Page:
Operation Underwear: Clothing Nude Statues

Perhaps you missed our post about it, but apparently a replica of Michelangelo’s David (one of the most famous nude statues of all time) was erected last year in Okuizumo, Japan, and now they want to put underwear on it. Yes, you read that correctly, the replica could end up being dressed with a pair of briefs! Now, we here at The Underwear Expert were originally opposed to the idea of tampering with such beautiful, classic art, but after a while you can’t help but wonder…

We came up with a few ideas of what some classic nude statues might have looked like if the sculptors actually intended to dress them in underwear… enjoy!

#5: “Farnese Hercules” in Gold

The Roman copy of the original “Farnese Hercules” by Lysippos could very well be dressed up in this yellow/gold brief.

#4 “Hermes” Gets Handsy

Hermes is essentially the Greek god of transitions and boundaries. With underwear in the picture, what would push the boundaries more than Hermes reaching into his skivvies?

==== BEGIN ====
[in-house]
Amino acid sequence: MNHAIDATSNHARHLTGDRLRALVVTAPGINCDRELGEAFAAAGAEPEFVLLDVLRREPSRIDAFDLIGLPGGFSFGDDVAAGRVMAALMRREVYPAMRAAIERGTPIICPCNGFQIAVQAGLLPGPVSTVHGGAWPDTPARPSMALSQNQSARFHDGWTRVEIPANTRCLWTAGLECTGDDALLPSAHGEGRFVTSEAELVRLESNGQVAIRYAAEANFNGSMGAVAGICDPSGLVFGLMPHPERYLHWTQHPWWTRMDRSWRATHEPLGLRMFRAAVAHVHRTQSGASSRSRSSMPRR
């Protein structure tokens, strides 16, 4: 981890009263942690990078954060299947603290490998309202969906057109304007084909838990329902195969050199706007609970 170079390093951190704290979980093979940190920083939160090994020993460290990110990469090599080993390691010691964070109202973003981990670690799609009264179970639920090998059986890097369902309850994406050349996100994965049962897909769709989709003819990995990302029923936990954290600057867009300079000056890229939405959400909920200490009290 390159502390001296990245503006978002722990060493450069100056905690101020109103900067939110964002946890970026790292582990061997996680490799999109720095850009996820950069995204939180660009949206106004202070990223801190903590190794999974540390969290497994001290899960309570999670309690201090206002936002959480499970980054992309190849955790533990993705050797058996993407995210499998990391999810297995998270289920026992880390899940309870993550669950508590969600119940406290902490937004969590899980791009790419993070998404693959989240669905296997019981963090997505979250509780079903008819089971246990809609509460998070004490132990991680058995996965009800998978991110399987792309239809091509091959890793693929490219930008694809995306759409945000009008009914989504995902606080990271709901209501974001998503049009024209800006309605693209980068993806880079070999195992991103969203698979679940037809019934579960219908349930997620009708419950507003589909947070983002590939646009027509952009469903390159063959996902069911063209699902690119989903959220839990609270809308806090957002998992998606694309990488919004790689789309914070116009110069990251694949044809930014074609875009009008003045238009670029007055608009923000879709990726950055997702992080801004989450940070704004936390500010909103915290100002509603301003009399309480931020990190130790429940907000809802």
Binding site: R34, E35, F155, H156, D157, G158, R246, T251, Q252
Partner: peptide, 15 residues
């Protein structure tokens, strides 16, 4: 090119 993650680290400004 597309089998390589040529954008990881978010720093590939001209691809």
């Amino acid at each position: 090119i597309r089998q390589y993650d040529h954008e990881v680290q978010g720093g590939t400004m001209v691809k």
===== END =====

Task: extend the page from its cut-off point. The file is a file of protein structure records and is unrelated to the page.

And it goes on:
#3 “Victorious Youth” Rocks Victorious Briefs 

The “Victorious Youth” is a Greek bronze sculpture found off the Adriatic coast of Italy in 1964. The statue was cast over 2200 years ago, but it doesn’t look like the “Victorious Youth” would’ve fit in well at the Colby Melvin “Splatter” photo shoot.

#2 “Theseus” and the Black Swim Brief

Although he’s slaying the centaur in this awesome sculpture, Theseus also did a lot of sea travel (being the son of Poseidon and all). A nice pair of stylish black swim briefs really would’ve done the trick for this Greek hero.

#1 “David” in Calvins

As one of the most famous nude statues of all time, a pair of Calvin Klein Underwear briefs might have proved helpful in slaying big ol’ Goliath. This would also mean a famous crotch grab as well. Totally necessary.

What do you think of our brief’d nude statues? Is there any other art you’d like to see underwear’d? Let us know what you think!

For more information on this brand: Calvin Klein Underwear

Photo Credit: The Hellenic Times, Wikipedia


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